The secret to eSports athletes' success? Lots -- and lots -- of practice

Members of winning teams, like SK Telecom T1, spend hours on practice games every day. AP Photo/Mark J. Terrill

This story appears in ESPN The Magazine's June 22 eSports Issue. Subscribe today!

FEW CAREERS BURN as intensely -- and as briefly -- as that of an eSports professional. Players are generally in competition by their mid- to late teens, and most are retired by their mid-20s. It's often due to burnout or fatigue: The intense lifestyle and constant hours of work it requires to be a professional gamer just aren't realistic for decades-long spans. But could better physical fitness help prolong the shelf life of an eSports athlete? It hasn't traditionally been a priority, but as the industry grows and the pressures of competition increase, more holistic views are slowly emerging.

"In terms of physical fitness, professional gamers are not going to be top athletes," says Michael O'Dell, the managing director of Team Dignitas, one of the world's largest professional gaming teams. "Mental fitness is the important thing. Our League of Legends team in L.A. live in a house 24/7 during the season, and players play a lot -- that's what they do."

When O'Dell says "a lot," he means a lot. Greg "IdrA" Fields, a former StarCraft II champion, says, "When I played in Korea [from 2008 to 2011], the training schedule excluded any activity that wasn't eating, sleeping and practicing." Basically, Fields said, in 2013 "we played for 12 hours a day with one or two days off a month."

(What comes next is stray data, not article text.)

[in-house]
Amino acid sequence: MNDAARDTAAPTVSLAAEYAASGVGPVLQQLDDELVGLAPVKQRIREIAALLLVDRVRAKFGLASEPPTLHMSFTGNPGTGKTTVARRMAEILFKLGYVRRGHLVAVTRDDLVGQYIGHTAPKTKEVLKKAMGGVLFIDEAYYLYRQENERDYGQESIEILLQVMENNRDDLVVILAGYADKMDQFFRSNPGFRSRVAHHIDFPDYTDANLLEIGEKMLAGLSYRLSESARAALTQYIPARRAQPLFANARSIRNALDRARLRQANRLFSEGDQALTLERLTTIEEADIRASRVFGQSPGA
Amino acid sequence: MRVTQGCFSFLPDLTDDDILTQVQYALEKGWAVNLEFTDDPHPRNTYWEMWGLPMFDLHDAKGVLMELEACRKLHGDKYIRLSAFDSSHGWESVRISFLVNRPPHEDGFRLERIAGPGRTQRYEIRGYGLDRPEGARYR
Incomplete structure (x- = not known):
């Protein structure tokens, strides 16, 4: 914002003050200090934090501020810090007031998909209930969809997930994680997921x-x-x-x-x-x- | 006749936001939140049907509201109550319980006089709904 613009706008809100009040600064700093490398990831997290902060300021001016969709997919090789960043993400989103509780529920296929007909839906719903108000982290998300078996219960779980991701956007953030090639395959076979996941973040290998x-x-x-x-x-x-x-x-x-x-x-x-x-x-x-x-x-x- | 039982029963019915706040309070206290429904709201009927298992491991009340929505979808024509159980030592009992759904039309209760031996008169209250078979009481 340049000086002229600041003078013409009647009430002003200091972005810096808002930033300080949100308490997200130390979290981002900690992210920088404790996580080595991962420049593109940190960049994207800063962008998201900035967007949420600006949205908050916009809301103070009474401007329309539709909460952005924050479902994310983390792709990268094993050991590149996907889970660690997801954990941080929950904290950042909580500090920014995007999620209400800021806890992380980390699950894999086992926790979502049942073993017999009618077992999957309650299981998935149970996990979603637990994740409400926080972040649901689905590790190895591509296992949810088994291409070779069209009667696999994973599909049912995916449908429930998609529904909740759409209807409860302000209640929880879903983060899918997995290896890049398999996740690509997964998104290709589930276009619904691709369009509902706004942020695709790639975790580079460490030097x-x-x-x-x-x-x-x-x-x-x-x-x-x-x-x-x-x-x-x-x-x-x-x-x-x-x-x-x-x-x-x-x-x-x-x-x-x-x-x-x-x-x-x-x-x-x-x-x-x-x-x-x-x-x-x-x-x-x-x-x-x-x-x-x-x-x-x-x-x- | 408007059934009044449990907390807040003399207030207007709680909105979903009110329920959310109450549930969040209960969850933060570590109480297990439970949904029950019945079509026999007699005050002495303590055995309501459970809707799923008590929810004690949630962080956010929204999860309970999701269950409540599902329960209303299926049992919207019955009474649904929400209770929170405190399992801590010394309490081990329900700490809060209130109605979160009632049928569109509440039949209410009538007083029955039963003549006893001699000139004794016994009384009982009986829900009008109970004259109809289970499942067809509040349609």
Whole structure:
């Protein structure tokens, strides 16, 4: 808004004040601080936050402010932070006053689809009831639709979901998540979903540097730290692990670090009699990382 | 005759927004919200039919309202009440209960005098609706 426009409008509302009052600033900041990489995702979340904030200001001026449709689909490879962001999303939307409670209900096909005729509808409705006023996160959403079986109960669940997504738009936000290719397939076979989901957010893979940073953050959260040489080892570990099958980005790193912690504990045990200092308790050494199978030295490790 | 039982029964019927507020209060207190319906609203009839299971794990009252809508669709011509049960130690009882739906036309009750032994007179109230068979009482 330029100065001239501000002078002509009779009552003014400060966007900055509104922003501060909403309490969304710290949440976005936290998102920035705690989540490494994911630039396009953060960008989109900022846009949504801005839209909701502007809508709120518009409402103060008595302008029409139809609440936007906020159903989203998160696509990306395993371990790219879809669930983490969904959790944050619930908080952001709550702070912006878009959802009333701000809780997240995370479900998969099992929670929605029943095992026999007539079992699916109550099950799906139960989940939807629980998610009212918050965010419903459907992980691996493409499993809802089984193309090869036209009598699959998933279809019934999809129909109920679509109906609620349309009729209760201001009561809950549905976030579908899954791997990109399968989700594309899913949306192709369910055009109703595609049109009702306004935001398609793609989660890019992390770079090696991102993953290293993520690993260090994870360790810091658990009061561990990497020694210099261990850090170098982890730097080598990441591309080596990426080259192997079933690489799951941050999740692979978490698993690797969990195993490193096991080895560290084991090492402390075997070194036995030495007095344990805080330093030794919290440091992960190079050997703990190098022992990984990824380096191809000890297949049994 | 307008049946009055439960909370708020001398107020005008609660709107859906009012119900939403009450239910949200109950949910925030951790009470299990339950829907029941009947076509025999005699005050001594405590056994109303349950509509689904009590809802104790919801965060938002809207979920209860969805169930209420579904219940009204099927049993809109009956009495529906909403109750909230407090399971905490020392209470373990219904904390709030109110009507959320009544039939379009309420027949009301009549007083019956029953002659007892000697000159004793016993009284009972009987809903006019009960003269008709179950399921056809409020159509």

Training in eSports obviously doesn't include jump shots or batting practice. It's more like typing practice. "There was a program that let you enter a series of keystrokes like 1a2a3a4a5a while timing you," Fields says. "I used that to train certain combinations that had to be executed as quickly as possible."

Physical ailments like deep vein thrombosis, carpal tunnel or back strains can be common, a result of a mostly sedentary lifestyle and the demanding schedule. Most teams use chairs that help with posture, and a gamer's equipment -- mice or gaming keyboards -- is equally important ("like a footballer's boots," O'Dell says). At a recent tournament, there was even a physiologist doing wrist massages.

Job Hilbers, the manager of a Smite team for Titan, another large eSports squad, thinks they should do even more. "I would like to see more time dedicated to keeping the body fit," he says. "In the end, your mental and physical prowess are highly co-dependent."

Still, with hours-long practices and training games galore, O'Dell says a player's success as well as longevity come down to skill, not athletic ability. "We'd always look for the talent first over physical fitness."